A $1.9 billion IMF loan has been blocked for months due to Tunisia's president's lack of progress on critical reforms. The majority of debt is local, but repayments on international loans are due later this year. Tunisia may default, according to credit rating firms.
Sri Lanka defaulted on its foreign debt last year after economic mismanagement, aggravated by the COVID-19 outbreak, triggered a political crisis and left the country without even basic imports.
The IMF's ratification of a $3 billion rescue package last month may have helped the South Asian island government get roughly $4 billion in further backing from the World Bank, Asian Development Bank, and other lenders.
Government officials hope to conclude debt restructuring negotiations by September. Sri Lanka is also renegotiating a portion of its domestic debt, which it hopes to complete by May.
Ukraine has just received the first $2.7 billion installment of a $15.6 billion IMF credit program over four years. This is part of a larger $115 billion worldwide assistance program.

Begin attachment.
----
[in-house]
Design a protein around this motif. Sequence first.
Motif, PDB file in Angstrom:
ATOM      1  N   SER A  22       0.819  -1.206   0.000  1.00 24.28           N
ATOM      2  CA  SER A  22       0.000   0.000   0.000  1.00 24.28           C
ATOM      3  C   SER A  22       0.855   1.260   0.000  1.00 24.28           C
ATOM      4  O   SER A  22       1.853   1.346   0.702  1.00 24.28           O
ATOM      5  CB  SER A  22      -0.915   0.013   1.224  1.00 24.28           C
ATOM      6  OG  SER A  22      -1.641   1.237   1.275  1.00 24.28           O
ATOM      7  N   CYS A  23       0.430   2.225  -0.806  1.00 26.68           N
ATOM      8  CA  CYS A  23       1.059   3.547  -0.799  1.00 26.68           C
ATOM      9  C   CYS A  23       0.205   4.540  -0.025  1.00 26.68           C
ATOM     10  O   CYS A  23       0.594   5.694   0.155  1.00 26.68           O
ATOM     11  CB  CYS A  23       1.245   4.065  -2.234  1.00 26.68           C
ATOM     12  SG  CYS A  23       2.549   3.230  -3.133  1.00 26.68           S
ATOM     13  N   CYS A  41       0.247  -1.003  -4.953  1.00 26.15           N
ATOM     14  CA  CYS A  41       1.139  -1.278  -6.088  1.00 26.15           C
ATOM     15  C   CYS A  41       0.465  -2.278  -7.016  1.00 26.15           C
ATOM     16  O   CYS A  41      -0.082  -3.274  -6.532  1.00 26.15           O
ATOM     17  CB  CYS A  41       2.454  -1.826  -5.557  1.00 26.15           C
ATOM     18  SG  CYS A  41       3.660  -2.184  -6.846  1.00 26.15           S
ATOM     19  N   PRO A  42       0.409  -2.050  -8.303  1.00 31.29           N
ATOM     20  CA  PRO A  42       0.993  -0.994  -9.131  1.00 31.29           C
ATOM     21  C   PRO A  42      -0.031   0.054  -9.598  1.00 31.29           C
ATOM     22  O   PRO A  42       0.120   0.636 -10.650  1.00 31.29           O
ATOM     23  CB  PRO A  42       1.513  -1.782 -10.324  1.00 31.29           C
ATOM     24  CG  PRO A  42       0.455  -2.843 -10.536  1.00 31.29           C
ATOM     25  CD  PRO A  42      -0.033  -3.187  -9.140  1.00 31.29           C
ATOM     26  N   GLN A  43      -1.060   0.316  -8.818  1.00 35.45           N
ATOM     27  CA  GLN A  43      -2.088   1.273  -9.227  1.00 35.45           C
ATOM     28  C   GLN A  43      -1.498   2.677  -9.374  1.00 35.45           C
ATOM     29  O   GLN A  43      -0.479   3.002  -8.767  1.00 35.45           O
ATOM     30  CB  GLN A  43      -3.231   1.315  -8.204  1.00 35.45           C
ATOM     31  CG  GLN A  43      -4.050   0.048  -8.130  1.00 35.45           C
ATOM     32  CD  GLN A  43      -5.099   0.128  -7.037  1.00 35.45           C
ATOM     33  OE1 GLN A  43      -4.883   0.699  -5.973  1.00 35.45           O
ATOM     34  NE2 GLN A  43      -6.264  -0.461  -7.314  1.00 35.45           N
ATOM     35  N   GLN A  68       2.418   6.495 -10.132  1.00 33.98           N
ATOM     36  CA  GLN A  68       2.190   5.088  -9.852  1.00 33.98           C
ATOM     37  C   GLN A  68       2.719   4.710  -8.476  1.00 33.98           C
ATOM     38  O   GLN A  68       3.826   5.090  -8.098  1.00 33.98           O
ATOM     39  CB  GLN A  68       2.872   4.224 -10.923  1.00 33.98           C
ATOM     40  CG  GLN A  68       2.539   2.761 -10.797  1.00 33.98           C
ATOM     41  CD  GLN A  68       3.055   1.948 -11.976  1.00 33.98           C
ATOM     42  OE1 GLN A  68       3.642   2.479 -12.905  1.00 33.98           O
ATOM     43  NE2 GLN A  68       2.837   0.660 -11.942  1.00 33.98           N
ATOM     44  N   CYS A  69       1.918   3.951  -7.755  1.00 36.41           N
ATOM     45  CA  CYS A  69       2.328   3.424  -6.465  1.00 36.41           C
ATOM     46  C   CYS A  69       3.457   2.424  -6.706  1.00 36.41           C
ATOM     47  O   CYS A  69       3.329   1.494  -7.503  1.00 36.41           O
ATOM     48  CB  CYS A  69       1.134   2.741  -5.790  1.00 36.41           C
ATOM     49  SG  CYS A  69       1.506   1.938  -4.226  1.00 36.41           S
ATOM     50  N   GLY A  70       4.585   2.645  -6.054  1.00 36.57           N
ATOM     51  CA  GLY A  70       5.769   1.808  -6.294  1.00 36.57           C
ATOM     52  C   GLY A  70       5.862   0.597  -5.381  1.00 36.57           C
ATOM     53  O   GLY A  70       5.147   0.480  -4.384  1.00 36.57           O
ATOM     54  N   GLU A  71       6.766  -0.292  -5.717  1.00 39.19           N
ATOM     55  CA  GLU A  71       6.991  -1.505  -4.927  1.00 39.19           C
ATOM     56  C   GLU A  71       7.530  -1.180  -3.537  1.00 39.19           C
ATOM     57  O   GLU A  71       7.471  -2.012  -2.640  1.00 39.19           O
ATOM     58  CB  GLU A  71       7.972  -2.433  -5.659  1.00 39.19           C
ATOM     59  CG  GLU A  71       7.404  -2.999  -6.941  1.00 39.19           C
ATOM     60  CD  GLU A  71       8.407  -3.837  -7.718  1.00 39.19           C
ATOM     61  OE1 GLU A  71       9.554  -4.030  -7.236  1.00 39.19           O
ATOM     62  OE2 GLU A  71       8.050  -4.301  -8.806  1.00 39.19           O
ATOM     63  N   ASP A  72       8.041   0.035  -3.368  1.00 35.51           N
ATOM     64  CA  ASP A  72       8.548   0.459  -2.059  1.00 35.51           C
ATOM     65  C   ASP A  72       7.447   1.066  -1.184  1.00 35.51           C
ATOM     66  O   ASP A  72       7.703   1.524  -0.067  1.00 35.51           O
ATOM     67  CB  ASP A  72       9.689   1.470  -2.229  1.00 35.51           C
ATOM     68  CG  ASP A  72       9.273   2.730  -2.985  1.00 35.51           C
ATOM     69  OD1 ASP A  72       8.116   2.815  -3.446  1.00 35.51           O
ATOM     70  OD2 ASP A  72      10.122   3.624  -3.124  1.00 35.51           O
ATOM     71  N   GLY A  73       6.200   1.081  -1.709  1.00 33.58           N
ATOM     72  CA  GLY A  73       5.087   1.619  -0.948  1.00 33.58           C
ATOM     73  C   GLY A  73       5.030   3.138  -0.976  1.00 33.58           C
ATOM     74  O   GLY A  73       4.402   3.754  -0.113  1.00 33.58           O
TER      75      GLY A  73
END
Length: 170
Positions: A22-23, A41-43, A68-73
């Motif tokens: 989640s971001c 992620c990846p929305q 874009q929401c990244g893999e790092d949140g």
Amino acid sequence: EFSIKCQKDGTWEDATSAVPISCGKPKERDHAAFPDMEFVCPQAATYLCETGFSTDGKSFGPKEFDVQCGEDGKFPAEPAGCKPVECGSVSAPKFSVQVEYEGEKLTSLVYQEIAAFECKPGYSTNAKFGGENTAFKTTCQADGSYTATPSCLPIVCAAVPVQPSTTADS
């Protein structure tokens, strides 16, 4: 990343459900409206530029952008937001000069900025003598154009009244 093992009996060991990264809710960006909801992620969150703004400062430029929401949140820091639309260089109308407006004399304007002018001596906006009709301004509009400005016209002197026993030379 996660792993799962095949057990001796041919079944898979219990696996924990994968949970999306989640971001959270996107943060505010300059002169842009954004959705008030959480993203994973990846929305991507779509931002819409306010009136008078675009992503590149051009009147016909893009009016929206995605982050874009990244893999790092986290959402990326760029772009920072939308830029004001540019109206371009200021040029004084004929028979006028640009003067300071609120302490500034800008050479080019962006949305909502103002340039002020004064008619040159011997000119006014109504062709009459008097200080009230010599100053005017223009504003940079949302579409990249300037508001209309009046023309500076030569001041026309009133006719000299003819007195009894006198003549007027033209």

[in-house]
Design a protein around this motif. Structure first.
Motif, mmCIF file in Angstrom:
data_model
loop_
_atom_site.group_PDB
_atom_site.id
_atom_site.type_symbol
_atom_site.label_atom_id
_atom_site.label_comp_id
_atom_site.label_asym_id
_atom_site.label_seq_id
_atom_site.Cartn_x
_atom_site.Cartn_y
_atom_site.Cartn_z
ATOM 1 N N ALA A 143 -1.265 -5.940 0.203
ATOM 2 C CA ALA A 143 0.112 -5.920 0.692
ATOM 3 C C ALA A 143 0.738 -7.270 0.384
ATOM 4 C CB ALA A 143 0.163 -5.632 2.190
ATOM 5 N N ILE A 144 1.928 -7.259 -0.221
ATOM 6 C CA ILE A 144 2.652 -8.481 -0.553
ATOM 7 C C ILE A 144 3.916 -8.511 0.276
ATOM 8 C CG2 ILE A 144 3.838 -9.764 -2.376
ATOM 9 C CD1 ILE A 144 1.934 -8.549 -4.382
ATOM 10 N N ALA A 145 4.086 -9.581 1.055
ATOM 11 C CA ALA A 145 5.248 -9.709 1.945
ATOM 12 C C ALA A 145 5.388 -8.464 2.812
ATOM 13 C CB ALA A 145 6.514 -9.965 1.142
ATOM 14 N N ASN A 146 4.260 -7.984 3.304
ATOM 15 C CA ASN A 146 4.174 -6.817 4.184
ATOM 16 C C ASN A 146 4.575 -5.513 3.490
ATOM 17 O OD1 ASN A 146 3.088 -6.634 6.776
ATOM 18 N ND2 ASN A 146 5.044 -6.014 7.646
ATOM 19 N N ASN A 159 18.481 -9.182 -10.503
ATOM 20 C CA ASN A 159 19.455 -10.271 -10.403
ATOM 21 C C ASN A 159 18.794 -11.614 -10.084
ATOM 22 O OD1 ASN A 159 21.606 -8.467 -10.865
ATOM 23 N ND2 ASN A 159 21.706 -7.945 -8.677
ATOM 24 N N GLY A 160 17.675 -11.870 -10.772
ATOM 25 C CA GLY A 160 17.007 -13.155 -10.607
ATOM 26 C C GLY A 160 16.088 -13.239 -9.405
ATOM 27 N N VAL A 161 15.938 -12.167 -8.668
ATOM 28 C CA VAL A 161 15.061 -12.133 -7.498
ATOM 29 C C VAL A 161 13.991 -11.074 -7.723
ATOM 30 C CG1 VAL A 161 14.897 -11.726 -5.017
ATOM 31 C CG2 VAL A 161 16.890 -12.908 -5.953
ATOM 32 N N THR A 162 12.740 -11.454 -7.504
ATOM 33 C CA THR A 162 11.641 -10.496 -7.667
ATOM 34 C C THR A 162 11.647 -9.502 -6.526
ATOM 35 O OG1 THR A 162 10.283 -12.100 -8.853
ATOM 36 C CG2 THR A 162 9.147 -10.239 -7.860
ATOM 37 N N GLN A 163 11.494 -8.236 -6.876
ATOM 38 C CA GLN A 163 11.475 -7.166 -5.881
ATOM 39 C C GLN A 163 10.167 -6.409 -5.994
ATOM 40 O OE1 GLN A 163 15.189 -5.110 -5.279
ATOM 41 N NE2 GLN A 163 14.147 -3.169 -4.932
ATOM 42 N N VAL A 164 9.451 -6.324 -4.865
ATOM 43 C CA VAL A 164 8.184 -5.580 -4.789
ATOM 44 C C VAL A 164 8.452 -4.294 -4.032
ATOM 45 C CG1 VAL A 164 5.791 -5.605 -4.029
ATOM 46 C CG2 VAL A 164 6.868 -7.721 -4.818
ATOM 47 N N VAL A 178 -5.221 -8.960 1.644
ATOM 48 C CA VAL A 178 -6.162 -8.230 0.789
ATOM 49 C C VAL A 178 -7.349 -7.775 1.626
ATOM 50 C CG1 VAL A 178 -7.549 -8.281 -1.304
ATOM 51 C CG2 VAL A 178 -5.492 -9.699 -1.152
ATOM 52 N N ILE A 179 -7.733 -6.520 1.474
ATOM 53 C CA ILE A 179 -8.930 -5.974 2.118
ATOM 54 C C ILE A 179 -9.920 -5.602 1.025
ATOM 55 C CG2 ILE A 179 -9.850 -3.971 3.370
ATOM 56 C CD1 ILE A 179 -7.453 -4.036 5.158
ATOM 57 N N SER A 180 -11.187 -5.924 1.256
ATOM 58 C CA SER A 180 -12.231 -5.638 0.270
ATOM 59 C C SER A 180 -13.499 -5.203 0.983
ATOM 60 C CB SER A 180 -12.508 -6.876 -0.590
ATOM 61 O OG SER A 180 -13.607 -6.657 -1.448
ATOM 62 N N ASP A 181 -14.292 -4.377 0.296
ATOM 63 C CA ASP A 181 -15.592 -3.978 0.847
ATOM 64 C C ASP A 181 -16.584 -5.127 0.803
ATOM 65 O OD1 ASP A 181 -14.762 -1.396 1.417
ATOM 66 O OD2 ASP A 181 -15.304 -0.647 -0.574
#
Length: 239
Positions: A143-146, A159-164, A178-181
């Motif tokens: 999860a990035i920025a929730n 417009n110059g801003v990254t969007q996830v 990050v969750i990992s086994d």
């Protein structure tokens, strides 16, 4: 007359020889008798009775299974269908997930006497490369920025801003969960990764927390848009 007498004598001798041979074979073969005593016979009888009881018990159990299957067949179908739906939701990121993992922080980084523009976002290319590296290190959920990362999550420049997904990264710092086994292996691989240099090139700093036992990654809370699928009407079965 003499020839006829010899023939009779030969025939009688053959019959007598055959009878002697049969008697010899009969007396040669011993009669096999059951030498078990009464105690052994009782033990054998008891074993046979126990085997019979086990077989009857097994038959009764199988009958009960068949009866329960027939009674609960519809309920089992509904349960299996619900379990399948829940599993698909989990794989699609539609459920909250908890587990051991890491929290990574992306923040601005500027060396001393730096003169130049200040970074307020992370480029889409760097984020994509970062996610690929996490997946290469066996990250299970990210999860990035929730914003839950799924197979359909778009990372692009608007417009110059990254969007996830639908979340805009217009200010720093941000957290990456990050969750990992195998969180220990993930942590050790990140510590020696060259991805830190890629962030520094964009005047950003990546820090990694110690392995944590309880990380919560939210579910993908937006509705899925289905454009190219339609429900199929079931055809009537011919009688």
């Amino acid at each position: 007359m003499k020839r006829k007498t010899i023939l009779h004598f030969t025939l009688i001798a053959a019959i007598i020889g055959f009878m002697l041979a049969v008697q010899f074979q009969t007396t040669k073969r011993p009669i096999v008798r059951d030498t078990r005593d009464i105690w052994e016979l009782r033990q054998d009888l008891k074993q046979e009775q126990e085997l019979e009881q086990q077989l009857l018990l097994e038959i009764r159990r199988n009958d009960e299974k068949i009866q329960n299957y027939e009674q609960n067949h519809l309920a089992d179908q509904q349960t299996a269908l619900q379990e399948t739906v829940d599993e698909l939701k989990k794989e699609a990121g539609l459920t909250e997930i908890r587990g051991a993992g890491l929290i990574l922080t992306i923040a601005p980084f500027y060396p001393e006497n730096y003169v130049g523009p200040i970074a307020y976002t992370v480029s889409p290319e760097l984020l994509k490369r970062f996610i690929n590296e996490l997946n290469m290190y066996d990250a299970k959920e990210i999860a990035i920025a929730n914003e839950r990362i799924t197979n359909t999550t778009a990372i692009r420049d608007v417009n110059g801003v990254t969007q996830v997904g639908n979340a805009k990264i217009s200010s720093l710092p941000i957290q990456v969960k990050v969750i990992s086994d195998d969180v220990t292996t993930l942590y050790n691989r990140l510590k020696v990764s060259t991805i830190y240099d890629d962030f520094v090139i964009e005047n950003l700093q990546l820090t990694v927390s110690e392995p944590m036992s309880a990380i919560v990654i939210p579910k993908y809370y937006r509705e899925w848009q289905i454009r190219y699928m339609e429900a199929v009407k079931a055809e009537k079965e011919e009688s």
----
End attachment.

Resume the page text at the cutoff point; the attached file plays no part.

Following Russia's invasion, the nation froze all debt payments last year, and will need to restructure its borrowings if and when the situation stabilizes.
According to the IMF, Ukraine need $3-$4 billion every month to keep the government running. According to a recent assessment by the World Bank and others, rebuilding Ukraine's economy will now cost $411 billion.
Zambia is expected to be the first African country to default during the COVID-19 era in 2020, serving as a litmus test for the G20's Common Framework program, which was established during the epidemic to streamline debt restructurings. However, negotiations have been painfully delayed, and external debt has risen to $18.6 billion.
Western officials have blamed China, its largest bilateral lender, for the stalemate, which China denies. There is widespread dispute on how much debt the country can afford in the future.
Zambia's currency, the kwacha, has plummeted more than 10% versus the US dollar this year, contributing to inflation, according to the central bank. It attributed the reduction in part to debt restructuring delays.